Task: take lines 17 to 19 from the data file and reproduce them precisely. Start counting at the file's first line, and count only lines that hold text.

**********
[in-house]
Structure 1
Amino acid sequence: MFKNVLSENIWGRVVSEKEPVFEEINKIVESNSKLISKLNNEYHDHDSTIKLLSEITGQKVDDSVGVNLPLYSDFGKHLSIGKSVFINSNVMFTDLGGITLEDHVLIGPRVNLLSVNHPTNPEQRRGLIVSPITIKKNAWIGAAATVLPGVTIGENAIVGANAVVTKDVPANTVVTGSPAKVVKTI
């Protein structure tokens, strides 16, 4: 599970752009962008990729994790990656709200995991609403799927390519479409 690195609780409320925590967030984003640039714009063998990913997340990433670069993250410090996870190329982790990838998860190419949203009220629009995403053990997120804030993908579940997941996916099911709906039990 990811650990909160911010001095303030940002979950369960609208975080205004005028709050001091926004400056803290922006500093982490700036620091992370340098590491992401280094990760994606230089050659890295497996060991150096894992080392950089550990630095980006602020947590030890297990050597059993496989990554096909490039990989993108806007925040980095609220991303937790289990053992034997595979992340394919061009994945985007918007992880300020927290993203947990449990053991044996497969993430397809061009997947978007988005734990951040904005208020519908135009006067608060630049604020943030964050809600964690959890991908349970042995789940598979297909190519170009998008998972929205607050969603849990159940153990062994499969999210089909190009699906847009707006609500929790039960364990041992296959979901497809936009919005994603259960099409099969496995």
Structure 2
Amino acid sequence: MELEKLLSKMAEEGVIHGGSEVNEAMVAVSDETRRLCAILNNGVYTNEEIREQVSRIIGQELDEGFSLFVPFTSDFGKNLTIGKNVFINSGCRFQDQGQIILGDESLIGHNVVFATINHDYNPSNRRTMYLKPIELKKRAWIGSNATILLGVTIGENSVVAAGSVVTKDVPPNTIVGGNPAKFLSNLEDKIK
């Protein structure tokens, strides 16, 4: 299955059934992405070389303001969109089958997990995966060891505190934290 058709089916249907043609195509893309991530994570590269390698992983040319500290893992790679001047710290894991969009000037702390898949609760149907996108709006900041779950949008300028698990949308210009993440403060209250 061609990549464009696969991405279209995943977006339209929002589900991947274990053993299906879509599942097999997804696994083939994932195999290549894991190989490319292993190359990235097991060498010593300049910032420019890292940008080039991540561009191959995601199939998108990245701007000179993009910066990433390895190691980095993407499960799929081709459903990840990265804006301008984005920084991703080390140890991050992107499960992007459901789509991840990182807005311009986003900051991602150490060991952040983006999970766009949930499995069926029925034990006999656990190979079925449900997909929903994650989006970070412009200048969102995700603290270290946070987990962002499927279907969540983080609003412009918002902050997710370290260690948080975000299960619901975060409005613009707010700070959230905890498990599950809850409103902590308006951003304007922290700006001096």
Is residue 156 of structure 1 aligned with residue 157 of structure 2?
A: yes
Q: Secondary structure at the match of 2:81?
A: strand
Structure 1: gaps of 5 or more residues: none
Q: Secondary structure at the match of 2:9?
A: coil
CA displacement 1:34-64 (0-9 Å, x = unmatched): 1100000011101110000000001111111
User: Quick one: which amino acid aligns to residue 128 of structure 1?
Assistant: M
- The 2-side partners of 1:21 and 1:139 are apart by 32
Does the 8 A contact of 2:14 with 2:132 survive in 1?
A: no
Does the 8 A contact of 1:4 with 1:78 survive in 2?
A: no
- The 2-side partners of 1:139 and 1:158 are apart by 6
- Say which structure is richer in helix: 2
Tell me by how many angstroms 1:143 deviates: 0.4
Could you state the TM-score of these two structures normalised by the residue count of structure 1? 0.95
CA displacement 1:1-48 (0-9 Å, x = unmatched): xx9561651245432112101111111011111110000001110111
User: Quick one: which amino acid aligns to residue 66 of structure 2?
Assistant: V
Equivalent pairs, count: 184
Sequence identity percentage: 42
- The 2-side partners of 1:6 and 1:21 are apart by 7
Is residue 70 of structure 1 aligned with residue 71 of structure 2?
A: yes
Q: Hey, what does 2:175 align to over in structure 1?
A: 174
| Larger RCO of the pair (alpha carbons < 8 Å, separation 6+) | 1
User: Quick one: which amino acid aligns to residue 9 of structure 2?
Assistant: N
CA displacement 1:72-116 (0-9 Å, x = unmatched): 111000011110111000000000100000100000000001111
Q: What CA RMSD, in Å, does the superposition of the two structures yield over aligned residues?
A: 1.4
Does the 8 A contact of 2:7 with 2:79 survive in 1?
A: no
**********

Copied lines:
Assistant: M
- The 2-side partners of 1:21 and 1:139 are apart by 32
Does the 8 A contact of 2:14 with 2:132 survive in 1?